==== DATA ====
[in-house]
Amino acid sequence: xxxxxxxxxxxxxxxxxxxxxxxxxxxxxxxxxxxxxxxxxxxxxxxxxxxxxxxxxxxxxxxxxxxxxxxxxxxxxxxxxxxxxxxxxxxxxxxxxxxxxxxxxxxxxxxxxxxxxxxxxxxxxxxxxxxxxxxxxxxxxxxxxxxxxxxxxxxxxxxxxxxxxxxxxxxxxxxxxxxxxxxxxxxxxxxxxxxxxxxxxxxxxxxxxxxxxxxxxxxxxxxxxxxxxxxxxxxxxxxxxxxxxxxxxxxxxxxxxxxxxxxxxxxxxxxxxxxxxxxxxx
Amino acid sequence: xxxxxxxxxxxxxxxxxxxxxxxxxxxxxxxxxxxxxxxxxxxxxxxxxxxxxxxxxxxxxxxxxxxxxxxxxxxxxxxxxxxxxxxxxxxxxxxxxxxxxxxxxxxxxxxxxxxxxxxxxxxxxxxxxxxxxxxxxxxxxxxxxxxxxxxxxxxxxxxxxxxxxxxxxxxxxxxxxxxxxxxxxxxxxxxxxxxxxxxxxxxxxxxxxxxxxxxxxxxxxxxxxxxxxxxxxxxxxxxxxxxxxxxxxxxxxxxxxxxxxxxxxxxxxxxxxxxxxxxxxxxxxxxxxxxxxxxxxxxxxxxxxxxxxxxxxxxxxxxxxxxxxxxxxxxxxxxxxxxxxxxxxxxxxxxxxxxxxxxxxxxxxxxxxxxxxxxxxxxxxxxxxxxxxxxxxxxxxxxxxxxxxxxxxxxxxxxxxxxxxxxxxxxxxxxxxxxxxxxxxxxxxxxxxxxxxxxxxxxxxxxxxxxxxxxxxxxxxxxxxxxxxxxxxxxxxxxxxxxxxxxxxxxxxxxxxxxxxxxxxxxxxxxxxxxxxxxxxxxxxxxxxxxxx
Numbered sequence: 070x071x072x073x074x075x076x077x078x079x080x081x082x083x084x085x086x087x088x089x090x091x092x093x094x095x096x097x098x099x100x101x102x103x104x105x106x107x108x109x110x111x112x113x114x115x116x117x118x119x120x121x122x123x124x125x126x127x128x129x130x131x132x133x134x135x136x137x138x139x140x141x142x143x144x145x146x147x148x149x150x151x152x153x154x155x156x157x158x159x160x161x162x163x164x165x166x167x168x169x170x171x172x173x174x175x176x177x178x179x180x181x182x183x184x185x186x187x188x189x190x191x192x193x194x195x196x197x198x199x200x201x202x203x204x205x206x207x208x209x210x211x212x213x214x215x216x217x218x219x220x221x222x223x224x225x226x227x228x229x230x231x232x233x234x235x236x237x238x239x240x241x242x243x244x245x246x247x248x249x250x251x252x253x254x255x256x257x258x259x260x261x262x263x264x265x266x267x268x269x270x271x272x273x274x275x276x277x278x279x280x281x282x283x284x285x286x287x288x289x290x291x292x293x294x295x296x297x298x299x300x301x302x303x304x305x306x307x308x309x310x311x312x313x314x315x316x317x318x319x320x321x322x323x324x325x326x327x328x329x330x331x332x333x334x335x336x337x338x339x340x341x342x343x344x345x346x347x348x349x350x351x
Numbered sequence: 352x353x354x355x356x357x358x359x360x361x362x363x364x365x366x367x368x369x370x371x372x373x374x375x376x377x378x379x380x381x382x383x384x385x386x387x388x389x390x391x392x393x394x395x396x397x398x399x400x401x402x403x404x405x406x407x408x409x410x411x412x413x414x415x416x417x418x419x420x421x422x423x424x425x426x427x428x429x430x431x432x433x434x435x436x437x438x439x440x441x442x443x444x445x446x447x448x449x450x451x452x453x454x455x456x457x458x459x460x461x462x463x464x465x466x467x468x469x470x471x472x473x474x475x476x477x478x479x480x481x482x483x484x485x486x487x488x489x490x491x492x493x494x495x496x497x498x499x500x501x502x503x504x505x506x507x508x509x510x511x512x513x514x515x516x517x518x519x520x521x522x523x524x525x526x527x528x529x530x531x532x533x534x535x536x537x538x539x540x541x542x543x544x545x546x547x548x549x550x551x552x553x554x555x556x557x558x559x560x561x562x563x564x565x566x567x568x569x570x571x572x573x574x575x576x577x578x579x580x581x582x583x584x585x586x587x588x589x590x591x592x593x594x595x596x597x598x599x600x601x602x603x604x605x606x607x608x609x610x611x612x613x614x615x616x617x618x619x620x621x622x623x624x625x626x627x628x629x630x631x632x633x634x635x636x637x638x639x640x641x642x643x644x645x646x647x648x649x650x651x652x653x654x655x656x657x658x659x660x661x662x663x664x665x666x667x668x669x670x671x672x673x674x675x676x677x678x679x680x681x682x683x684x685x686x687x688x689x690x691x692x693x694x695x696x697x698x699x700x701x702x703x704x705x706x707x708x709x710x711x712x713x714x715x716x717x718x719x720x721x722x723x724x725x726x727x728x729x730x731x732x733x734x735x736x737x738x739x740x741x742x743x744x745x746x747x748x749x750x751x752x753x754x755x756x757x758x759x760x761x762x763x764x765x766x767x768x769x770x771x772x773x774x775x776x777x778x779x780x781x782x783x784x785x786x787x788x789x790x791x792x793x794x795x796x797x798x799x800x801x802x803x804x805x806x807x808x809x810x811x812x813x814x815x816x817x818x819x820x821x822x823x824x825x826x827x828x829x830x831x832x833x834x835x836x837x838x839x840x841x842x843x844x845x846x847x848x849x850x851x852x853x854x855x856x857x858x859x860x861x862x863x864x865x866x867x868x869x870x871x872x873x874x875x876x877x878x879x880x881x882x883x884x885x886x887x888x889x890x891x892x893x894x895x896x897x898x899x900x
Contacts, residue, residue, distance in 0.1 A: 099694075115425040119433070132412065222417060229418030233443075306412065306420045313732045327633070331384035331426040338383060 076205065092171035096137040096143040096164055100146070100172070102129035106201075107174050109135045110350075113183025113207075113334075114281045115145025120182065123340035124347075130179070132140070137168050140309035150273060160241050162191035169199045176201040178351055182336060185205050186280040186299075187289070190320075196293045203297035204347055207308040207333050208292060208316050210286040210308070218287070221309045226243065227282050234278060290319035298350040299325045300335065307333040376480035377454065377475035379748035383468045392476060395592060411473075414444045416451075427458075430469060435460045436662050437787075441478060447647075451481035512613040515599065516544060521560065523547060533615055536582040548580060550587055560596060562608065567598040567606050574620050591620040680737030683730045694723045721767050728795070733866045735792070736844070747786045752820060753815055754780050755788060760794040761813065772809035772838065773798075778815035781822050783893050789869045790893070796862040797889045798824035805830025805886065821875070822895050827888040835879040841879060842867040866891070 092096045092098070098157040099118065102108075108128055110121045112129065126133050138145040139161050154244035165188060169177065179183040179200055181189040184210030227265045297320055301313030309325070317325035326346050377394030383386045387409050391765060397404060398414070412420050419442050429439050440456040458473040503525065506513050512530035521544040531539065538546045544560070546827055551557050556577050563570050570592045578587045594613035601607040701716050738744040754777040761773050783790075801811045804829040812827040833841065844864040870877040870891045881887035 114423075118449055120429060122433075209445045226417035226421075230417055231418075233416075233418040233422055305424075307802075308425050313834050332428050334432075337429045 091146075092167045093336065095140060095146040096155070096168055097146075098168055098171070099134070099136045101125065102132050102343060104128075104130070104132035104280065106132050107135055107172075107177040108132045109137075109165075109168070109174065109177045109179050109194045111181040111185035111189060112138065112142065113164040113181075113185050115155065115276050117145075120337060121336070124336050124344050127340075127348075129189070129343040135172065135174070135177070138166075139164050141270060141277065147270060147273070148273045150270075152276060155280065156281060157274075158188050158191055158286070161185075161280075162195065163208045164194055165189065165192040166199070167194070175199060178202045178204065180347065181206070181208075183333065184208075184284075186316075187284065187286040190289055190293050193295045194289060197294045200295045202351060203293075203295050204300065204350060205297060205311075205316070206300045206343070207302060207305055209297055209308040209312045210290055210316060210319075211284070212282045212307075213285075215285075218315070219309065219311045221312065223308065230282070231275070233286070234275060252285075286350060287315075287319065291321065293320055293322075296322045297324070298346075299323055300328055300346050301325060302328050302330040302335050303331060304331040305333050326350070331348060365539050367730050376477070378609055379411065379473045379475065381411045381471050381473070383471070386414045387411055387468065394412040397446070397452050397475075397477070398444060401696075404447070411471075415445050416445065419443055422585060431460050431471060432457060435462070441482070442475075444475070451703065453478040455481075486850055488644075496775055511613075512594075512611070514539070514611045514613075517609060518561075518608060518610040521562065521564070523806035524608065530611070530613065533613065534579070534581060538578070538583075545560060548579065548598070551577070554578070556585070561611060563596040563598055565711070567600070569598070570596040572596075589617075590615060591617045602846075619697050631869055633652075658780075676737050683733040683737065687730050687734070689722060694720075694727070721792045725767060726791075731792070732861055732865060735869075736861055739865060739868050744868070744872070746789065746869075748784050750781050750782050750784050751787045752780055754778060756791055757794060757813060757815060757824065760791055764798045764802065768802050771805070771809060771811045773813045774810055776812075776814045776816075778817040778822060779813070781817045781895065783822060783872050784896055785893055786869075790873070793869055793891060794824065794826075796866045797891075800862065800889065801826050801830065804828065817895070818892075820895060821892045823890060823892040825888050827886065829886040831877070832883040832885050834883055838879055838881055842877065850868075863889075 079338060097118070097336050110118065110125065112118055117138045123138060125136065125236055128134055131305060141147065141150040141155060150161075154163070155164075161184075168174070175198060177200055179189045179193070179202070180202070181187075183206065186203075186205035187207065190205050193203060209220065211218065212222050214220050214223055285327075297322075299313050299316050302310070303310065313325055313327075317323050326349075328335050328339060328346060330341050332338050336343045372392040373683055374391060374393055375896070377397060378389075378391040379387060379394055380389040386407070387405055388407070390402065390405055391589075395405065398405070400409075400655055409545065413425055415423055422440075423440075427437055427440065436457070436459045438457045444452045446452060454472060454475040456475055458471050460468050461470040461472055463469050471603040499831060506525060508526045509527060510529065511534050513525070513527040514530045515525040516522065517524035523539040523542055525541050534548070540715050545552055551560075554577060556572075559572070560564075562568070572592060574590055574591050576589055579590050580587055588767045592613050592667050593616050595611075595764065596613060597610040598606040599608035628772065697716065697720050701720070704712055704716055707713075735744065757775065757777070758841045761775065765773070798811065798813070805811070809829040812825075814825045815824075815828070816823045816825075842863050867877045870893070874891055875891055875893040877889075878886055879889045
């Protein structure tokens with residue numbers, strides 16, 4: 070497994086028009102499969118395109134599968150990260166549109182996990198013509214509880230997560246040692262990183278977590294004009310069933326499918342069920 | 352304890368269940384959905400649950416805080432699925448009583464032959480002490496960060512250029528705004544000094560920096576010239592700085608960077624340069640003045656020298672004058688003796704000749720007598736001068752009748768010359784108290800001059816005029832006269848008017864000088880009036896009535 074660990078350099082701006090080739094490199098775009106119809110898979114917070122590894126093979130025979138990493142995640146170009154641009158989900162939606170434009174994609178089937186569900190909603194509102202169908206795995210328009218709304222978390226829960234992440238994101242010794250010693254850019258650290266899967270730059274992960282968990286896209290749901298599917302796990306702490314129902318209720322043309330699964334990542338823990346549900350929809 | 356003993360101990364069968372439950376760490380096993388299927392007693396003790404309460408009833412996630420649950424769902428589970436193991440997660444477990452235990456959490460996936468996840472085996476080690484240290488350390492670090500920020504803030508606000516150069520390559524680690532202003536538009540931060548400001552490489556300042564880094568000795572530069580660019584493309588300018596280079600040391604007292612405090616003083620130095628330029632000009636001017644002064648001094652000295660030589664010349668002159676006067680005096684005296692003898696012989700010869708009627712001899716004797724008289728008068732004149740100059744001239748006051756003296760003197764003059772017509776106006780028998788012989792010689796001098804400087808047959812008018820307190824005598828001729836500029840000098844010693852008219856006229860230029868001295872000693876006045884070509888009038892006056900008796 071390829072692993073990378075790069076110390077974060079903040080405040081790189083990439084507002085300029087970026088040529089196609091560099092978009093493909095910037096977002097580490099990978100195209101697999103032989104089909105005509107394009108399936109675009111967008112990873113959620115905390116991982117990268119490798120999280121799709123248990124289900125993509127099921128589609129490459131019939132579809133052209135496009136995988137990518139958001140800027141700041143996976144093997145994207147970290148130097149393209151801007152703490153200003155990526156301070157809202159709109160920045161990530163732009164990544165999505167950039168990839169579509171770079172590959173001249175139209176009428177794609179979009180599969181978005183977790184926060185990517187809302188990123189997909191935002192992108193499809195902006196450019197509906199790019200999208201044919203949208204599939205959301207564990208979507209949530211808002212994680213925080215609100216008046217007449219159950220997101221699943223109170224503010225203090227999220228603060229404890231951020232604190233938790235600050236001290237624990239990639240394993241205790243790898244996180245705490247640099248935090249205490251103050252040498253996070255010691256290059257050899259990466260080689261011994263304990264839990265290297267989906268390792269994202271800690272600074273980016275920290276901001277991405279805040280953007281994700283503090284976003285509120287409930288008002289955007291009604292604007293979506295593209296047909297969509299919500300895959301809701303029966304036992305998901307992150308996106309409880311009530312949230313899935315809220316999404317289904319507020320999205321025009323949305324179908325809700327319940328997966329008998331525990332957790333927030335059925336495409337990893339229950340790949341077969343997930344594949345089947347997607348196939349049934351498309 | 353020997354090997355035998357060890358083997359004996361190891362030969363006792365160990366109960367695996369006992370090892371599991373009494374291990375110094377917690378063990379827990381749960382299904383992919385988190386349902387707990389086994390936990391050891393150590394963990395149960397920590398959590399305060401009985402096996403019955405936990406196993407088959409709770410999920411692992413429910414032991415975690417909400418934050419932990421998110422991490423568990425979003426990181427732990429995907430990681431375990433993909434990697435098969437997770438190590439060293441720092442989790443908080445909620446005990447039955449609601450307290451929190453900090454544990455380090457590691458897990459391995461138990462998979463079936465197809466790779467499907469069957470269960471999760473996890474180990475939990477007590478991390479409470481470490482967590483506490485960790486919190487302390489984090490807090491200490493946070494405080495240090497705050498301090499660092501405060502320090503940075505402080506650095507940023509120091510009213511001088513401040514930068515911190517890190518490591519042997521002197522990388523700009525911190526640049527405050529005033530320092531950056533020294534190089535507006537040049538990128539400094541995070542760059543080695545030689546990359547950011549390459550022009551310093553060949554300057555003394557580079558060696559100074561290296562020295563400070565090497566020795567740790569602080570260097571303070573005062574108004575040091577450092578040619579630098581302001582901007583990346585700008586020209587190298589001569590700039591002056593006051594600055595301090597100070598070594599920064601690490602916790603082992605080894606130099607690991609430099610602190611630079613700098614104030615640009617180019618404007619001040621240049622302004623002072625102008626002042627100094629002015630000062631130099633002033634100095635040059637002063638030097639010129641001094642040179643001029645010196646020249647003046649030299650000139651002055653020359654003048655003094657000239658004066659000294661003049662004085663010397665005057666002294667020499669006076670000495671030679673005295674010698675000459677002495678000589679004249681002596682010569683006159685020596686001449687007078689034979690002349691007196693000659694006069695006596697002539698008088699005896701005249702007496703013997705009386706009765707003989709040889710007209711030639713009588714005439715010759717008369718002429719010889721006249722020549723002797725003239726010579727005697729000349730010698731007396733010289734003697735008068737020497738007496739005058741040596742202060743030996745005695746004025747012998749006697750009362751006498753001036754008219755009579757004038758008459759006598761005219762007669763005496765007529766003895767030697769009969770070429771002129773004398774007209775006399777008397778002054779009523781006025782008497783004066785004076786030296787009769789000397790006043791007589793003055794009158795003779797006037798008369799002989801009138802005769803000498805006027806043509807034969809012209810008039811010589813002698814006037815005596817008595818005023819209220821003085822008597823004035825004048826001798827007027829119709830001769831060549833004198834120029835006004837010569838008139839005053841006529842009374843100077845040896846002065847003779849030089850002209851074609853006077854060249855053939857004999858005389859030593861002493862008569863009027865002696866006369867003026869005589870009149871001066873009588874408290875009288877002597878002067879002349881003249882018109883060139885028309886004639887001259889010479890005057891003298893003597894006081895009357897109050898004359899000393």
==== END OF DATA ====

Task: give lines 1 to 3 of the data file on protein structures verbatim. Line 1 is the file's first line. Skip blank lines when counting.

[in-house]
Amino acid sequence: xxxxxxxxxxxxxxxxxxxxxxxxxxxxxxxxxxxxxxxxxxxxxxxxxxxxxxxxxxxxxxxxxxxxxxxxxxxxxxxxxxxxxxxxxxxxxxxxxxxxxxxxxxxxxxxxxxxxxxxxxxxxxxxxxxxxxxxxxxxxxxxxxxxxxxxxxxxxxxxxxxxxxxxxxxxxxxxxxxxxxxxxxxxxxxxxxxxxxxxxxxxxxxxxxxxxxxxxxxxxxxxxxxxxxxxxxxxxxxxxxxxxxxxxxxxxxxxxxxxxxxxxxxxxxxxxxxxxxxxxxx
Amino acid sequence: xxxxxxxxxxxxxxxxxxxxxxxxxxxxxxxxxxxxxxxxxxxxxxxxxxxxxxxxxxxxxxxxxxxxxxxxxxxxxxxxxxxxxxxxxxxxxxxxxxxxxxxxxxxxxxxxxxxxxxxxxxxxxxxxxxxxxxxxxxxxxxxxxxxxxxxxxxxxxxxxxxxxxxxxxxxxxxxxxxxxxxxxxxxxxxxxxxxxxxxxxxxxxxxxxxxxxxxxxxxxxxxxxxxxxxxxxxxxxxxxxxxxxxxxxxxxxxxxxxxxxxxxxxxxxxxxxxxxxxxxxxxxxxxxxxxxxxxxxxxxxxxxxxxxxxxxxxxxxxxxxxxxxxxxxxxxxxxxxxxxxxxxxxxxxxxxxxxxxxxxxxxxxxxxxxxxxxxxxxxxxxxxxxxxxxxxxxxxxxxxxxxxxxxxxxxxxxxxxxxxxxxxxxxxxxxxxxxxxxxxxxxxxxxxxxxxxxxxxxxxxxxxxxxxxxxxxxxxxxxxxxxxxxxxxxxxxxxxxxxxxxxxxxxxxxxxxxxxxxxxxxxxxxxxxxxxxxxxxxxxxxxxxxxxx